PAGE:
Thursday, June 13, 2024

UNAMA Calls on Taliban to End Gender-Based Violence in Afghanistan

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Arif Ahmadi
Arif Ahmadi
Arif Ahmadi holds a B.A. degree in Journalism. He works as an Editor & Content Writer for Khaama Press.
FILE: UNAMA Calls on Taliban to End Gender-Based Violence in Afghanistan.

Kabul, Afghanistan – The United Nations Assistance Mission in Afghanistan (UNAMA) on Friday called on Taliban leadership to end violence against women and the “broader deterioration of women’s rights” in an efforts to establish a sustainable peace in the country.

In a press statement to Khaama Press, UNAMA made the call at a time the world marks the International Day for the Elimination of Violence against Women and the start of the global 16 Days of Activism against gender-based violence.

Since the takeover last August, Women in Afghanistan have had many of their most fundamental rights restricted in a country that has one of the highest rates of violence against women globally.

Afghan women have also experienced a “marked deterioration” in access to coordinated, comprehensive and quality services for survivors of gender-based violence.

“The fundamental rights of Afghan women need to be protected and concrete steps need to be taken for an enabling environment which is free from all forms of violence,” said Roza Otunbayeva, the Secretary-General’s Special Representative for Afghanistan.

“Protecting the rights of women is a crucial factor for stability, prosperity and any lasting peace in Afghanistan” said Otunbayeva, who is also head of the UN Assistance Mission in Afghanistan (UNAMA).




The current situation is exacerbated by a dire humanitarian and economic crisis – including the freedom to move, work, seek education, and participate in public life.

These factors reinforce traditional social norms that condone the use of violence as a form of discipline and control, creating an environment where violence against women and girls is normalized.

“Each day we continue to see the normalization of violence against women and girls, in their homes, places where they are allowed to work, online, and in public spaces,” said Alison Davidian, UN Women’s Representative in Afghanistan.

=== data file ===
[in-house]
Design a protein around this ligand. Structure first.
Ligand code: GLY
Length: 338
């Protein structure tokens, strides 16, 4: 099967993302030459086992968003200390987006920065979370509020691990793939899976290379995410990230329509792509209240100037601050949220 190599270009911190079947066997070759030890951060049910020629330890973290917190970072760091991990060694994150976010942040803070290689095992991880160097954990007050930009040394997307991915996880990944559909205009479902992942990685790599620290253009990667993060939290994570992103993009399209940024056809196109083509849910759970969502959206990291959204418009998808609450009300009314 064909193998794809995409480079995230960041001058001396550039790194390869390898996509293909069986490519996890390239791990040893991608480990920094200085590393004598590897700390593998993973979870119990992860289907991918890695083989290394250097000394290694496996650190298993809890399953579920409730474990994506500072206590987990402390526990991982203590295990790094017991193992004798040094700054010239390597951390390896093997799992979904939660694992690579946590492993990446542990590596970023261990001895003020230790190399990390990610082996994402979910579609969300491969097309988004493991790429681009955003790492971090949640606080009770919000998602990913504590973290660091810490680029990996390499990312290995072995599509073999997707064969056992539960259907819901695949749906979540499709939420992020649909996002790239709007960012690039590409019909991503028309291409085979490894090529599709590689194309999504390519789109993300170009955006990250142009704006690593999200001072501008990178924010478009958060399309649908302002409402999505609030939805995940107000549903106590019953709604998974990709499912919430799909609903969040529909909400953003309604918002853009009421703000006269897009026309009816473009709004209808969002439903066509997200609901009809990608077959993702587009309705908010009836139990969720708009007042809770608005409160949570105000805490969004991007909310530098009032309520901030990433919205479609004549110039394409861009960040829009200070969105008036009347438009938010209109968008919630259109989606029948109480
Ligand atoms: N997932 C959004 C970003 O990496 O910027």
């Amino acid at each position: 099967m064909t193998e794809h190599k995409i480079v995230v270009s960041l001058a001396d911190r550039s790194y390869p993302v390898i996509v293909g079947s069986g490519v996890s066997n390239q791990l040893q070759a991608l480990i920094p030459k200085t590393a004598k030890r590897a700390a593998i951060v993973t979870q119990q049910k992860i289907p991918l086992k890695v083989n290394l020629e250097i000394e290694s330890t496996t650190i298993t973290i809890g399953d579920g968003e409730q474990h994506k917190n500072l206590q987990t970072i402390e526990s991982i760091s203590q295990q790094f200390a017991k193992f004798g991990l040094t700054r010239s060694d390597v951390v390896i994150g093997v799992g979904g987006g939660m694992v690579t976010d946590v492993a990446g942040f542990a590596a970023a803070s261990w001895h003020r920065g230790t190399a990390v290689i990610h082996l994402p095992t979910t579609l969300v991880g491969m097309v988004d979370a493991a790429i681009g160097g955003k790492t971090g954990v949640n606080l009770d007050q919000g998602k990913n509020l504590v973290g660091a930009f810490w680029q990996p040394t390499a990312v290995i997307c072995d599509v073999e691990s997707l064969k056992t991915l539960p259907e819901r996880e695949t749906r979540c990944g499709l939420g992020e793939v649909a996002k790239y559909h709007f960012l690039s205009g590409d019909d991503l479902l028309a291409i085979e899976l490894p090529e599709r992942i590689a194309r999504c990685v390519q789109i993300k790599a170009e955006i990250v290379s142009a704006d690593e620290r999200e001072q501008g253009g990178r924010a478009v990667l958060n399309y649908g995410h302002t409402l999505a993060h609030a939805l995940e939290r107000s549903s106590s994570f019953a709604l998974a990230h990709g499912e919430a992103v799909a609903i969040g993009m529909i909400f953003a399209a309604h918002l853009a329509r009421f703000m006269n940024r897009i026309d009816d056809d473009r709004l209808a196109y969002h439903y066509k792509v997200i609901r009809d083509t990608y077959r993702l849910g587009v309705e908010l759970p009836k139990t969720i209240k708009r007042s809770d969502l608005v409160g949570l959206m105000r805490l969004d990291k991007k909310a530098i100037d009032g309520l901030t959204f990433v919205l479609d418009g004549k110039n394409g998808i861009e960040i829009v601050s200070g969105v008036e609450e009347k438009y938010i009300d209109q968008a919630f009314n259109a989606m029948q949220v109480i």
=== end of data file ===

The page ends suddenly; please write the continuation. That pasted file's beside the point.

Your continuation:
“Globally we know it is impossible to create an environment where women and girls are free from violence without also having specific interventions to empower them, including initiatives to support their voice, agency and participation in the decisions affecting their lives. We need to renew our efforts to invest in both the protection and empowerment of women and girls in Afghanistan.”

The UN in Afghanistan is working to address gender-based violence, including responding to the differentiated needs of vulnerable women and girls, amplifying the priorities and influence of women, direct support and funding to service providers and civil society organizations working to eliminate all forms of violence, prevention and response programmes, and advocacy with key national and international stakeholders.

What is 16 Days of Activism Against Gender-Based Violence

The 16 Days of Activism against Gender-Based Violence is an annual international campaign that starts on 25 November and ends on 10 December, International Human Rights Day.

It calls for global action to increase awareness, strengthen advocacy efforts and share knowledge and innovations to end gender-based violence everywhere.

The campaign started by activists at the inauguration of the Women’s Global Leadership Institute in 1991.

It continues to be coordinated each year by the Center for Women’s Global Leadership. It is used as an organizing strategy by individuals and organizations around the world to call for the prevention and elimination of violence against women and girls.

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